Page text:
Sep. 6, 2008

Little Sisters

by Sonia Gernes

This birthday I have reached the age
where my mother bore
the last of her dead daughters—
one that was whisked away
before its first clean cry
could scour the naked room, the later two
a blue that refused to brighten.

"Baby Girl, Infant Daughter of ..."
the little markers said
and I listened from behind the stove
in her last pregnancy,
watched her body swell and sag,
knew from the shape
of those whispered words
that something was amiss—
she was weighted already
with two small stones.

Summer mornings I called them forth—
the little sisters I had never seen—
made them faces
from the old ache
in the air above the garden,
hair like mine
from the grassy space
where root crops should have been.

I learned of blood tests, transfusions,
the factor called Rh,
my little sisters
dreaming their aquatic days
on lethal ropes, my mother
almost dead.

Now at the kitchen table
lighting candles on a cake,
I am empty-handed,
no daughters to give her
as she counts again
my miraculous birth,
fourth and forceps-born,
her last survivor in that war
of blood with family blood.

I reach for her hand and hold it,
but there are spaces here,
tender lacunae we cannot fold away.
Still somewhere the hand-stitched garments,
the gingham quilts, the counting game.
Still the soot-smudged corner
where I crouched beneath the stovepipe
and fingered like a rosary
the small pebbles of their names.

"Little Sisters" by Sonia Gernes from What You Hear in the Dark: New and Selected Poems. © University of Notre Dame Press. Reprinted with permission. (buy now)

It's the birthday of the novelist Alice Sebold, (books by this author) born in Madison, Wisconsin (1963). She grew up wanting to be a writer, and went to Syracuse University, where some of the best writers in America were teaching, including Raymond Carver and Tobias Wolff. But one night during her freshman year of college, Sebold was walking home when she was attacked, dragged into an underground tunnel, and raped. She thought that she was going to be murdered. When she later talked to the police, they said that a girl had recently been murdered in that same tunnel, and so she should consider herself lucky for having survived.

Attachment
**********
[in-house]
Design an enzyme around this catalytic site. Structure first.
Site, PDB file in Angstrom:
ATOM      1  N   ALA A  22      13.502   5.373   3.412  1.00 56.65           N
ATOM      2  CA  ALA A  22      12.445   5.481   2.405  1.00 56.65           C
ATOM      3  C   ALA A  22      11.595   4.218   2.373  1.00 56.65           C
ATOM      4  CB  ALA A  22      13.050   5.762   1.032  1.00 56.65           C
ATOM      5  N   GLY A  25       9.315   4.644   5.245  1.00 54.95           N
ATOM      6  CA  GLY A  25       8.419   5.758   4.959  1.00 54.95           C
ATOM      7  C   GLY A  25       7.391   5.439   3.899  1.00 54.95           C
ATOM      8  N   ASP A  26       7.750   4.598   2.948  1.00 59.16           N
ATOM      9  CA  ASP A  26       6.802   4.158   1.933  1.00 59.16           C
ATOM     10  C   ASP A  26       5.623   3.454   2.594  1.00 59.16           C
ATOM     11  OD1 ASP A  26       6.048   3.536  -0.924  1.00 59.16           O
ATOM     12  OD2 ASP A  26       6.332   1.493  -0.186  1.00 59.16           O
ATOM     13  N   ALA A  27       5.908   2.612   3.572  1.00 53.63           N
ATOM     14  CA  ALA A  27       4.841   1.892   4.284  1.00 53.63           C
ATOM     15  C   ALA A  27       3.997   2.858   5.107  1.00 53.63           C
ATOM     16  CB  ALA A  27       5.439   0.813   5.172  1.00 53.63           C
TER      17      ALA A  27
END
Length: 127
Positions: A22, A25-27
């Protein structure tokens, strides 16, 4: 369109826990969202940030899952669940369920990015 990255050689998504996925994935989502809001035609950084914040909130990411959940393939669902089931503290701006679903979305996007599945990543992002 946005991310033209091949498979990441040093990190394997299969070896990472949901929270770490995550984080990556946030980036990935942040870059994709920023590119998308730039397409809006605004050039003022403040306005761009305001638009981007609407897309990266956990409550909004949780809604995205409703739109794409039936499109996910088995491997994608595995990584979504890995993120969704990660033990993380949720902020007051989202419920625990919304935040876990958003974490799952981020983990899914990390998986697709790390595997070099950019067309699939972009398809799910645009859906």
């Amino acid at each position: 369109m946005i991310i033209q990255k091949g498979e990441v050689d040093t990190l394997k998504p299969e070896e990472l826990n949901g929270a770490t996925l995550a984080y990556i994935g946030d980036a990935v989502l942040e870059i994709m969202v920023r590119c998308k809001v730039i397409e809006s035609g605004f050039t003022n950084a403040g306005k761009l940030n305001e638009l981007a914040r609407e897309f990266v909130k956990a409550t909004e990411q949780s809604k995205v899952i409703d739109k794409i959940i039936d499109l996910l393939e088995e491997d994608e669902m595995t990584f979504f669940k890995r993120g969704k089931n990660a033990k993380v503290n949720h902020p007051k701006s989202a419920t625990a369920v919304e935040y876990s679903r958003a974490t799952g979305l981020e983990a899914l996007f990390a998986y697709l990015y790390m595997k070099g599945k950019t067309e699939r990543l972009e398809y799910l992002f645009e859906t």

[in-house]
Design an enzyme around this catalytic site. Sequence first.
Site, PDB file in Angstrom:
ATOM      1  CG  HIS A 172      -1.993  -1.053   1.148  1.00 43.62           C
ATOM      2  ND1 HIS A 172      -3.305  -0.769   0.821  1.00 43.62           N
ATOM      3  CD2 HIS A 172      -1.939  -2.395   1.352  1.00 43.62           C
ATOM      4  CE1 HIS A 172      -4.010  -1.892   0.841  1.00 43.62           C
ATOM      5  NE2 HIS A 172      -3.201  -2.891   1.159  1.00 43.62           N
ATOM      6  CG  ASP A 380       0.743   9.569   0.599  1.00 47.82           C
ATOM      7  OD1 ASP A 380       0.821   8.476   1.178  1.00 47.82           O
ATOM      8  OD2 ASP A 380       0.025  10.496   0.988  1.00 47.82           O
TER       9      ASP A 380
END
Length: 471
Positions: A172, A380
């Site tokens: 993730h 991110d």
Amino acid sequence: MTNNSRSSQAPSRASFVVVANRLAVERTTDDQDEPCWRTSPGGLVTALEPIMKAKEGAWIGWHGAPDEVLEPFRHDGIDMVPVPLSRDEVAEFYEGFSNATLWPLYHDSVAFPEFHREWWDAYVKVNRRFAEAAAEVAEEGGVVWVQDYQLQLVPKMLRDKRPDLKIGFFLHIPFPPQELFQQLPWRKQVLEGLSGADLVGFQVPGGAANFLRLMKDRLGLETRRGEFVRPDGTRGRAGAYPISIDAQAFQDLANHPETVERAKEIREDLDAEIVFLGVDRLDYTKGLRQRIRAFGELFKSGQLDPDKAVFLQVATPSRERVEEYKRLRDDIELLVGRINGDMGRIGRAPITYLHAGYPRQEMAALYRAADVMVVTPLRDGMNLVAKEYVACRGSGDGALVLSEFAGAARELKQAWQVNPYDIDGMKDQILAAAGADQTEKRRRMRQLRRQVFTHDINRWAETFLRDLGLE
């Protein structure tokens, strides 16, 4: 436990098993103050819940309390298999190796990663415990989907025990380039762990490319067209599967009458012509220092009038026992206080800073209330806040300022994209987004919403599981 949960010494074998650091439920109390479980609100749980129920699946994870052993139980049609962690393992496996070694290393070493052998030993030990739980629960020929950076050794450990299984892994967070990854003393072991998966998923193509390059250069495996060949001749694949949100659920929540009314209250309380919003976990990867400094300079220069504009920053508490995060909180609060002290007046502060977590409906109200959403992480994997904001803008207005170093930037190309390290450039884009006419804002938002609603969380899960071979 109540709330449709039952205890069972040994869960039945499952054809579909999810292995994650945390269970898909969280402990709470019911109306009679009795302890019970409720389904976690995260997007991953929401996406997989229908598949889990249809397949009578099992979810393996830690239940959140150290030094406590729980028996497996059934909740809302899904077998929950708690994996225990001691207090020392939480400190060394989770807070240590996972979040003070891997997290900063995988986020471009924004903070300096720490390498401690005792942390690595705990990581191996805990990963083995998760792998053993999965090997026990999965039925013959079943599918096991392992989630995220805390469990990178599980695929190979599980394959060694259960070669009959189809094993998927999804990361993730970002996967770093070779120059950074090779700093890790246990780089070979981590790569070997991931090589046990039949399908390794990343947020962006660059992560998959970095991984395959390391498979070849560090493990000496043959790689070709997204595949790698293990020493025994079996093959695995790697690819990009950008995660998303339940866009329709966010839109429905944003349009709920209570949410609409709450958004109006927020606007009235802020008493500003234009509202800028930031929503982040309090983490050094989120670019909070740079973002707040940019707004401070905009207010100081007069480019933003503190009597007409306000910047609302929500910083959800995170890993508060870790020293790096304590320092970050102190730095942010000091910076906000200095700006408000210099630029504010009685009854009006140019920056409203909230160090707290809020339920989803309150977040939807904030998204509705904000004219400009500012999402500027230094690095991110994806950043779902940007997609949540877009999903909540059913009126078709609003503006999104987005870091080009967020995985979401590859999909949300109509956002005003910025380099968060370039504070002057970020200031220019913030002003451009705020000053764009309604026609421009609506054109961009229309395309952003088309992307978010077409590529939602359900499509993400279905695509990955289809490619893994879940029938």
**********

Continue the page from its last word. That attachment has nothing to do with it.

A few weeks later, Sebold spotted the rapist on the street, and she went to the police. He was arrested, and Sebold testified against him at trial. She was subjected to a brutal cross-examination by the defense attorney, and police later said that she was one of the best rape witnesses they had ever seen on the stand. The rapist was convicted and received the maximum sentence.

Sebold thought that the end of the trial would put the experience behind her, but for the next fifteen years she struggled to have relationships with other people, and she struggled to write. She tried going to graduate school and dropped out. She moved to New York and started drinking a lot and dabbling in drugs.

She decided a change of scenery might help, so she moved to California, and got a job as a caretaker of an arts colony, where she lived in a cabin without electricity, reading and writing at night by propane light. In the back of her mind she'd always thought about what those policeman had said to her about that other girl who had been murdered in that same tunnel. One day, Sebold sat down at her desk and began writing a story in the voice of a teenage girl who has been murdered, and in one sitting she wrote the entire opening of what would become her novel The Lovely Bones, about a murdered fourteen-year-old girl looking down from heaven as her family tries to recover from the grief of her death.

Sebold's agent had a hard time selling the novel, since most publishers were wary about a book narrated by a dead girl. But it was eventually picked up by Little, Brown, and it became a word-of-mouth sensation among booksellers and critics before it was even published. It came out in June of 2002, a few months before Sebold's thirty-ninth birthday. It sold more than 2 million copies, becoming the best-selling book in 2002.

Sebold has said in interviews that she was as surprised by the book's success as anyone. She said, "It's very weird to succeed at thirty-nine years old and realize that in the midst of your failure, you were slowly building the life that you wanted anyway."

Sebold is also the author of the memoir Lucky (1999).

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